Cost effectiveness analysis comparing continuation of assisted reproductive technology with conversion to intrauterine insemination in patients with low follicle numbers

Capsule:
In patients with 4 mature follicles during controlled ovarian stimulation, it is more cost effective to proceed with oocyte retrieval than to convert to intrauterine insemination.

Authors:
Bo Yu, M.D., Sunni Mumford, Ph.D., G. Donald Royster IV, M.D., James H. Segars, M.D., Alicia Y. Armstrong, M.D.

Volume 102, Issue 2, Pages 435–439

Abstract:

Objective:
To compare the cost effectiveness of proceeding with oocyte retrieval vs. converting to intrauterine insemination (IUI) in patients with ≤4 mature follicles during assisted reproductive technology (ART) cycles.

Design:
Probabilistic decision analysis. The cost effectiveness of completing ART cycles in poor responders was compared to that for converting the cycles to IUI.

Setting:
Not applicable.

Patient(s):
Not applicable.

Intervention(s):
Cost-effectiveness analysis.

Main Outcome Measure(s):
Cost effectiveness, which was defined as the average direct medical costs per ongoing pregnancy.

Result(s):
In patients with 1–3 mature follicles, completing ART was more cost effective if the cost of a single ART cycle was between $10,000 and $25,000. For patients with 4 mature follicles, if an ART cycle cost <$18,025, it was more cost effective to continue with oocyte retrieval than to convert to IUI. Conclusion(s):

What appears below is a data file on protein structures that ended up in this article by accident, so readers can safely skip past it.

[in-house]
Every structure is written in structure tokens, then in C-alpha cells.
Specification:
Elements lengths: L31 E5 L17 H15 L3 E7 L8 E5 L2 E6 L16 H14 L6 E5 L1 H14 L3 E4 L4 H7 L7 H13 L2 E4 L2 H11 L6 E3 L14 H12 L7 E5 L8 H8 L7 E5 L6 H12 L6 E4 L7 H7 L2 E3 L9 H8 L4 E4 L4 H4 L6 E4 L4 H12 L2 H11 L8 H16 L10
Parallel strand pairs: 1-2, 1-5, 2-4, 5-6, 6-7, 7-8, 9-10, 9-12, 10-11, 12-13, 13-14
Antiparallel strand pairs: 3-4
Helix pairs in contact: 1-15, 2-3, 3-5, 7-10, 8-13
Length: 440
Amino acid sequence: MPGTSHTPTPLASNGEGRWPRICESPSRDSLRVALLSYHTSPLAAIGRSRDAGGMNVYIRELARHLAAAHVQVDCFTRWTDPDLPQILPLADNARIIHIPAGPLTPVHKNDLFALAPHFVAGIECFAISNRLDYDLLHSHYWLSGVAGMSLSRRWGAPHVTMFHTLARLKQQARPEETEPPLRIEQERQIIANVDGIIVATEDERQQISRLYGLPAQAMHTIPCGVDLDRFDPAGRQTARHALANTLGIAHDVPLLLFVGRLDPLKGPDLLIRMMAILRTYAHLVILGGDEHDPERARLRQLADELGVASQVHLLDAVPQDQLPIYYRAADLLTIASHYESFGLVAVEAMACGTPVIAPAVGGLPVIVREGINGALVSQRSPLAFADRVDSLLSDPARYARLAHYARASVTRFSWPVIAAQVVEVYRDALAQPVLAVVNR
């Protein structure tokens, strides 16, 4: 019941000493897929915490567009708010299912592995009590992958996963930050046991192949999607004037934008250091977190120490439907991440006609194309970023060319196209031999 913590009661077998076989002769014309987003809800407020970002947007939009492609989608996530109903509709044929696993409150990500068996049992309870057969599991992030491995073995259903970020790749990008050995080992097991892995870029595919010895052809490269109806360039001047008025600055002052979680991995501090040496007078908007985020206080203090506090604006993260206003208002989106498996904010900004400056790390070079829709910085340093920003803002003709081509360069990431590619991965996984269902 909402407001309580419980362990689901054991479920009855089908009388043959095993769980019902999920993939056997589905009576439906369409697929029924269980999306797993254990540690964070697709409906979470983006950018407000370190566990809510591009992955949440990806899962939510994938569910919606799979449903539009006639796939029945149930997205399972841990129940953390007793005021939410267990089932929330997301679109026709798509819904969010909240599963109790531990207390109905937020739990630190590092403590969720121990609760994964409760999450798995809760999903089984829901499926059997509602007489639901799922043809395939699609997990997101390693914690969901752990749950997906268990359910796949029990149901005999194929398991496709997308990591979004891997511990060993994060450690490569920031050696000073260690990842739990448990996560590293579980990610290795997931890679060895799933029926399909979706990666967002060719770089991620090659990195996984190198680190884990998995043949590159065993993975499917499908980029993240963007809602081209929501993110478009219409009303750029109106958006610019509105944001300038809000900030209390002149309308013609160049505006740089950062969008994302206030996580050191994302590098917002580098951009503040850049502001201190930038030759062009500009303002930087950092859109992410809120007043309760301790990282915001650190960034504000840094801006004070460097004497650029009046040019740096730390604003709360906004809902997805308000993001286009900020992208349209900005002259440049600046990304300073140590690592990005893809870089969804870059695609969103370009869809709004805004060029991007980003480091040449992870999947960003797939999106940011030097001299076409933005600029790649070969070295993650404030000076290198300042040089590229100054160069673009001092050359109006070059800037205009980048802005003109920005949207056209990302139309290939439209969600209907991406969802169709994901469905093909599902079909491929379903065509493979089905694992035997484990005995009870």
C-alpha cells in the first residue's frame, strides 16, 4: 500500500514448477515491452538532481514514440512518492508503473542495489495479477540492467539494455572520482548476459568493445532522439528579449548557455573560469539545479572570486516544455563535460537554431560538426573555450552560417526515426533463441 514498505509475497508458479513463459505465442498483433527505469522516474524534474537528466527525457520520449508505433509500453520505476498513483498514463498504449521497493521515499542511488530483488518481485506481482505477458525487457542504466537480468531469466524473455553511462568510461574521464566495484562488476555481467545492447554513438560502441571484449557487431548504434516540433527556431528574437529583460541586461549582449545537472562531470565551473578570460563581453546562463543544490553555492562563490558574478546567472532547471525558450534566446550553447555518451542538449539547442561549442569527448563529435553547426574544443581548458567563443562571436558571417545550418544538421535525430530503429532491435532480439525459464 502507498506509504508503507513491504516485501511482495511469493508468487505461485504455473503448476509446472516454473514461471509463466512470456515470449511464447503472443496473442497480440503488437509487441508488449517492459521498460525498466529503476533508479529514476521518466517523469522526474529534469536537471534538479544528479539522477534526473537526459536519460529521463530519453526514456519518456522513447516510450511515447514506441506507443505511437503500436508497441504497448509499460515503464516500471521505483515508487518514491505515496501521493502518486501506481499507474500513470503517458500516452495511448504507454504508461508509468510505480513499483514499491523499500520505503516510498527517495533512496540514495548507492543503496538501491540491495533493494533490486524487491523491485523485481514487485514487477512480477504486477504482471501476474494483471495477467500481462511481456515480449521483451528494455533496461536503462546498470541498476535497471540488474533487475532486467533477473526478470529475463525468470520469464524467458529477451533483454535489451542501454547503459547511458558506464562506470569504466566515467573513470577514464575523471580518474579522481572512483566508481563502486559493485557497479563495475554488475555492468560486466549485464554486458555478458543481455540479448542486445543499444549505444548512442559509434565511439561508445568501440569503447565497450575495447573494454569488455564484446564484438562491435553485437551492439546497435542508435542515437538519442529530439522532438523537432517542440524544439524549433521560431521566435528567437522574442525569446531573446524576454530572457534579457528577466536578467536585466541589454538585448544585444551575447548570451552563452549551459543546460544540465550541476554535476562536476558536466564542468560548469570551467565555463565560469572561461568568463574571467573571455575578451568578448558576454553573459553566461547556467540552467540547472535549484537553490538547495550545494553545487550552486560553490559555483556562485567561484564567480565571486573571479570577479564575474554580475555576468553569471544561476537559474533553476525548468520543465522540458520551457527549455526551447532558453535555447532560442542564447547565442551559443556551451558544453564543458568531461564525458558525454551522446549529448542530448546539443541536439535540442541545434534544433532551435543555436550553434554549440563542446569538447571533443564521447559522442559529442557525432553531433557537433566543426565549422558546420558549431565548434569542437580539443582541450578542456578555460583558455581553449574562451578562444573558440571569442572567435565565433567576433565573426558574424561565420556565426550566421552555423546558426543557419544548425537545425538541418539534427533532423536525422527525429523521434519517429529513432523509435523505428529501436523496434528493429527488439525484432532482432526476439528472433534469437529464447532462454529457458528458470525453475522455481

In patients with ≤4 mature follicles following ovarian stimulation in ART cycles, it was on average more cost effective to proceed with oocyte retrieval rather than convert to IUI. However, important factors, such as age, prior ART failures, other fertility factors, and medications used in each individual case need to be considered before this analysis model can be adapted by individual practices.

  • Lauren Johnson

    I congratulate Dr. Yu and colleagues on this well-done cost-effectiveness analysis! The assumptions that were included in the model are data driven, and constructing the model from a patient perspective makes this model particularly useful. This paper is a nice compliment to the manuscript by Reichman and colleagues last year that demonstrated higher pregnancy and live birth rates with IVF compared to IUI for those with two or three follicles.

    I do have a question for the authors. As you mention in the manuscript, the model does not include patient age, mainly because the papers used to create the model do not include estimates of pregnancy outcomes broken down by patient age. Were you able to calculate the mean age overall for the cohort of patients used to generate the model? If so, please share it here as I think that would be very helpful!

    Again, congratulations!

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